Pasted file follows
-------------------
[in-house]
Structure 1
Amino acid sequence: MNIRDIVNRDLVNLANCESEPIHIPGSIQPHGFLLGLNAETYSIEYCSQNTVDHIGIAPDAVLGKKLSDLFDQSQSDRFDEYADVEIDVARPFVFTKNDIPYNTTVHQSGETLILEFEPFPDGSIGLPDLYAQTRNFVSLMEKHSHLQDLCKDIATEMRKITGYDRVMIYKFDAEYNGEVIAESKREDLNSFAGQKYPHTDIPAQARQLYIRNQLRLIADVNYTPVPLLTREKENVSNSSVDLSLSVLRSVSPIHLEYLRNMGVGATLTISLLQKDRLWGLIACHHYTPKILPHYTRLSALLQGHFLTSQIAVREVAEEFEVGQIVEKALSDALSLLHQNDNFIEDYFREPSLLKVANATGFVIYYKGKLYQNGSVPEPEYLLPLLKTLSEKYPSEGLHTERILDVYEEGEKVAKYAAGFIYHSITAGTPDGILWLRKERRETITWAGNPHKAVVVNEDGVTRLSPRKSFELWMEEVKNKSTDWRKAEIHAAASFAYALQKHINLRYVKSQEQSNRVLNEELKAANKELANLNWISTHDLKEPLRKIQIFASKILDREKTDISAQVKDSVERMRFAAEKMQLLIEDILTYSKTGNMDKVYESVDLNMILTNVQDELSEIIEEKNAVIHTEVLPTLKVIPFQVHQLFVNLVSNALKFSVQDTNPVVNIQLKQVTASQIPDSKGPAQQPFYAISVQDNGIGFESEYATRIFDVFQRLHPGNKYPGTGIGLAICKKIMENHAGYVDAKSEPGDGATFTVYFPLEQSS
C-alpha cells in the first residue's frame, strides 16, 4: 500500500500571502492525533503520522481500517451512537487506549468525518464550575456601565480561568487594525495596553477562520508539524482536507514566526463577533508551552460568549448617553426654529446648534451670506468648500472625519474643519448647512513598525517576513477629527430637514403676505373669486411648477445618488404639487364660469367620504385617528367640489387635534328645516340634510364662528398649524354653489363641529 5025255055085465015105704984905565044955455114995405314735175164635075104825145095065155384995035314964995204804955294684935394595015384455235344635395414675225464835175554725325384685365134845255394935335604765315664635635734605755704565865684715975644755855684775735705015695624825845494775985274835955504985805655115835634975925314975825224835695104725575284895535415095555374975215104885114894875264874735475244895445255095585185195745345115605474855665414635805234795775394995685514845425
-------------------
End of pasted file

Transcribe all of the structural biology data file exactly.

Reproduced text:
[in-house]
Structure 1
Amino acid sequence: MNIRDIVNRDLVNLANCESEPIHIPGSIQPHGFLLGLNAETYSIEYCSQNTVDHIGIAPDAVLGKKLSDLFDQSQSDRFDEYADVEIDVARPFVFTKNDIPYNTTVHQSGETLILEFEPFPDGSIGLPDLYAQTRNFVSLMEKHSHLQDLCKDIATEMRKITGYDRVMIYKFDAEYNGEVIAESKREDLNSFAGQKYPHTDIPAQARQLYIRNQLRLIADVNYTPVPLLTREKENVSNSSVDLSLSVLRSVSPIHLEYLRNMGVGATLTISLLQKDRLWGLIACHHYTPKILPHYTRLSALLQGHFLTSQIAVREVAEEFEVGQIVEKALSDALSLLHQNDNFIEDYFREPSLLKVANATGFVIYYKGKLYQNGSVPEPEYLLPLLKTLSEKYPSEGLHTERILDVYEEGEKVAKYAAGFIYHSITAGTPDGILWLRKERRETITWAGNPHKAVVVNEDGVTRLSPRKSFELWMEEVKNKSTDWRKAEIHAAASFAYALQKHINLRYVKSQEQSNRVLNEELKAANKELANLNWISTHDLKEPLRKIQIFASKILDREKTDISAQVKDSVERMRFAAEKMQLLIEDILTYSKTGNMDKVYESVDLNMILTNVQDELSEIIEEKNAVIHTEVLPTLKVIPFQVHQLFVNLVSNALKFSVQDTNPVVNIQLKQVTASQIPDSKGPAQQPFYAISVQDNGIGFESEYATRIFDVFQRLHPGNKYPGTGIGLAICKKIMENHAGYVDAKSEPGDGATFTVYFPLEQSS
C-alpha cells in the first residue's frame, strides 16, 4: 500500500500571502492525533503520522481500517451512537487506549468525518464550575456601565480561568487594525495596553477562520508539524482536507514566526463577533508551552460568549448617553426654529446648534451670506468648500472625519474643519448647512513598525517576513477629527430637514403676505373669486411648477445618488404639487364660469367620504385617528367640489387635534328645516340634510364662528398649524354653489363641529 5025255055085465015105704984905565044955455114995405314735175164635075104825145095065155384995035314964995204804955294684935394595015384455235344635395414675225464835175554725325384685365134845255394935335604765315664635635734605755704565865684715975644755855684775735705015695624825845494775985274835955504985805655115835634975925314975825224835695104725575284895535415095555374975215104885114894875264874735475244895445255095585185195745345115605474855665414635805234795775394995685514845425